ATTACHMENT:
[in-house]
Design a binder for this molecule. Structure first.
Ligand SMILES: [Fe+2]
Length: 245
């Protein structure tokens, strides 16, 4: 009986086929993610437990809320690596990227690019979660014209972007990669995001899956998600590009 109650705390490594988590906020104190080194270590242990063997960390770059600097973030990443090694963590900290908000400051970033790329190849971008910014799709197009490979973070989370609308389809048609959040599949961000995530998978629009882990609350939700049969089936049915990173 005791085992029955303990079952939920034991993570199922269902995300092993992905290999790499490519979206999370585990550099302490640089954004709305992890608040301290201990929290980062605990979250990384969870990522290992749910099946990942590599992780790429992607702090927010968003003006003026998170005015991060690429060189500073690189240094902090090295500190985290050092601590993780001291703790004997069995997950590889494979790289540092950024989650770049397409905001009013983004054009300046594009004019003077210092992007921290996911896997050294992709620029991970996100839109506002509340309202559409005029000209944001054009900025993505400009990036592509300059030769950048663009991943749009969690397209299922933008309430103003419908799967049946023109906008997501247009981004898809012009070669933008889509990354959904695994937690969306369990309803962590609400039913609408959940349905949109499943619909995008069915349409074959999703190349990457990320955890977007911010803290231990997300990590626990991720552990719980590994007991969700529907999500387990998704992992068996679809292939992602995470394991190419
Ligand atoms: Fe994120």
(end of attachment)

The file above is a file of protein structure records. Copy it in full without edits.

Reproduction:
[in-house]
Design a binder for this molecule. Structure first.
Ligand SMILES: [Fe+2]
Length: 245
């Protein structure tokens, strides 16, 4: 009986086929993610437990809320690596990227690019979660014209972007990669995001899956998600590009 109650705390490594988590906020104190080194270590242990063997960390770059600097973030990443090694963590900290908000400051970033790329190849971008910014799709197009490979973070989370609308389809048609959040599949961000995530998978629009882990609350939700049969089936049915990173 005791085992029955303990079952939920034991993570199922269902995300092993992905290999790499490519979206999370585990550099302490640089954004709305992890608040301290201990929290980062605990979250990384969870990522290992749910099946990942590599992780790429992607702090927010968003003006003026998170005015991060690429060189500073690189240094902090090295500190985290050092601590993780001291703790004997069995997950590889494979790289540092950024989650770049397409905001009013983004054009300046594009004019003077210092992007921290996911896997050294992709620029991970996100839109506002509340309202559409005029000209944001054009900025993505400009990036592509300059030769950048663009991943749009969690397209299922933008309430103003419908799967049946023109906008997501247009981004898809012009070669933008889509990354959904695994937690969306369990309803962590609400039913609408959940349905949109499943619909995008069915349409074959999703190349990457990320955890977007911010803290231990997300990590626990991720552990719980590994007991969700529907999500387990998704992992068996679809292939992602995470394991190419
Ligand atoms: Fe994120």